if you own reptiles you’re probably aware that a huge component about keeping them is cleaning up after their messes. What should you be cleaning with? What’s the best disinfectant? Well, today I’ll be sharing the cleaning chemical that we use at home for cleaning up after our reptiles and how each one plays an important role in our day-to-day lives.
First, it’s important to know the difference between cleaning and disinfecting.
Cleaning is the process when you are physically removing visual debris from the enclosure. This means poop, regurgitation if that happens. Usually, it’s just poop. In a reptile enclosure you’re removing it out and you’re usually wiping it down with water afterward.
Disinfecting is the next step where you are actually applying a chemical compound to kill potentially disease-causing microorganisms anyway. The disinfectant that we use and recommend for reptile cleaning purposes.
Chlorhexidine this is non-toxic to the skin and if it’s used in a little enough concentration like 1% concentration. You can actually use it to clean out wounds on the skin of reptiles. The type of chlorhexidine solution that we recommend is Durvet.
It is used quite often in like shell rot with turtles. Not only is this good for cleaning out the enclosure in the decor. You can also use it to clean out wounds or shell rot issues in reptiles as long as it’s diluted enough the ratio you’ll want to use.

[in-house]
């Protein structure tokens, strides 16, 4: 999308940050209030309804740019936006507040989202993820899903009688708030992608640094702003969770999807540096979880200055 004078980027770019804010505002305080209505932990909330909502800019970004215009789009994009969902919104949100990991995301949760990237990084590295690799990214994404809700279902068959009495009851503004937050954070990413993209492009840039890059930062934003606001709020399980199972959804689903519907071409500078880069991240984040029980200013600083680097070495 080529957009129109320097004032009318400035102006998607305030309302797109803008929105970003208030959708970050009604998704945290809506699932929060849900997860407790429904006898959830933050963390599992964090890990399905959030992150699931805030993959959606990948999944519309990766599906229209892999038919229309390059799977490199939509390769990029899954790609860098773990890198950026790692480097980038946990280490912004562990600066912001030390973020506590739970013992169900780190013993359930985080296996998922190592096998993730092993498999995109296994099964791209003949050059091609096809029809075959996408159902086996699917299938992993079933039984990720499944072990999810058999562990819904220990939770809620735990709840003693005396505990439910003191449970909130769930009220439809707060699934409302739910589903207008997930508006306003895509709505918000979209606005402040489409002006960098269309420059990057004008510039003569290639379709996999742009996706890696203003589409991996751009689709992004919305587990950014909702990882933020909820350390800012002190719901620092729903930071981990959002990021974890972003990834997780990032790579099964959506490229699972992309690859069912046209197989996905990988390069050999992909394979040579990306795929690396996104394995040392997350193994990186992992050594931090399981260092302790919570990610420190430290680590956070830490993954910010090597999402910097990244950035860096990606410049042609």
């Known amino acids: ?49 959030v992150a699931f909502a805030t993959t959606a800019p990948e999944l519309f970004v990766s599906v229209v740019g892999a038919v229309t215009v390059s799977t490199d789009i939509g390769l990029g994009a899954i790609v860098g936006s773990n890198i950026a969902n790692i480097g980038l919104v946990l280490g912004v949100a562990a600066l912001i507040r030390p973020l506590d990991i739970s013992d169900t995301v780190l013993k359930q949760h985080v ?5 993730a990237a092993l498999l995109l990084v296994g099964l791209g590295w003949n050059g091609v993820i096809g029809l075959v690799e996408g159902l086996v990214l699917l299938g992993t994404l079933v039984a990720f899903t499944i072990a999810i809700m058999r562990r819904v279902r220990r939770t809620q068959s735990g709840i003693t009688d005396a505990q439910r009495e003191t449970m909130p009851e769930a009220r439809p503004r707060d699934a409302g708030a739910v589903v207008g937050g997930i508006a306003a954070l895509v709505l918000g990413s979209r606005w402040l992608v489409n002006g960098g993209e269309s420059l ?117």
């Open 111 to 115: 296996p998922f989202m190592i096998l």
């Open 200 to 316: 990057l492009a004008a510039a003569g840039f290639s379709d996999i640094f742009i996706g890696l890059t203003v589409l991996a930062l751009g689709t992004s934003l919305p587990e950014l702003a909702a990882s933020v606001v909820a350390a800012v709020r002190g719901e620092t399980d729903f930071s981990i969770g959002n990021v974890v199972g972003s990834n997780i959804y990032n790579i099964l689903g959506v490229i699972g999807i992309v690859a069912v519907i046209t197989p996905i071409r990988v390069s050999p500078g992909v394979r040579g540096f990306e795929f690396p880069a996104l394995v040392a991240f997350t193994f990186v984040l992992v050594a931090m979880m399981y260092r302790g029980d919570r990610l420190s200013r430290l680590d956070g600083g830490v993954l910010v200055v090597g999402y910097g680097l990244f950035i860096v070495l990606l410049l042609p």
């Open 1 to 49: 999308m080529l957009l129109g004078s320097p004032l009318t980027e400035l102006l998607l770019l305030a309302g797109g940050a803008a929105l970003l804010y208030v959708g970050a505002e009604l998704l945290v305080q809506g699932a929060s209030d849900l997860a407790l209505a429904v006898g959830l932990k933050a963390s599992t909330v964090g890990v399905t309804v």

When using this for cleaning enclosures. One part chlorhexidine to 32 parts water. Which equates to half a cup chlorhexidine for every gallon of water. I recommend putting it in a spray bottle because you’re going to use this a lot. Firstly, I measure out how big the bottle is and then I put on a piece of tape how many mils of chlorhexidine I will need for it so it’s easy to remember when I have to refill it.
Chlorhexidine kills most bacteria and viruses. That’s why this is actually what veterinarians use in their clinics. This is what vets will use to spray down the tables that you set your dog your cat your lizard your whatever on because of how effective of a cleaner it really is. Since this chemical is non-toxic to the skin in its diluted form.
When you use this to spray down or miss down your enclosures to disinfect them you can merely just wipe it off after letting it sit for about 15 seconds or so or you can just let it dry and you’re good to go. If you use a newspaper as a substrate for your snakes or whatever.
I’ve also found that chlorhexidine is superior to the other chemicals because it removes ink stains left behind from the newspaper almost instantly. I’ve tried scrubbing down bins that have ink stains on the bottom from newspaper ink with soap and water to no avail but then an after a few seconds after spraying or misting diluted chlorhexidine on the ink stains I’m able to just wipe them up with a paper towel. Another thing I use chlorhexidine is there’s no odor. If you are sensitive to smells. I highly recommend this chemical as you’re a disinfecting agent.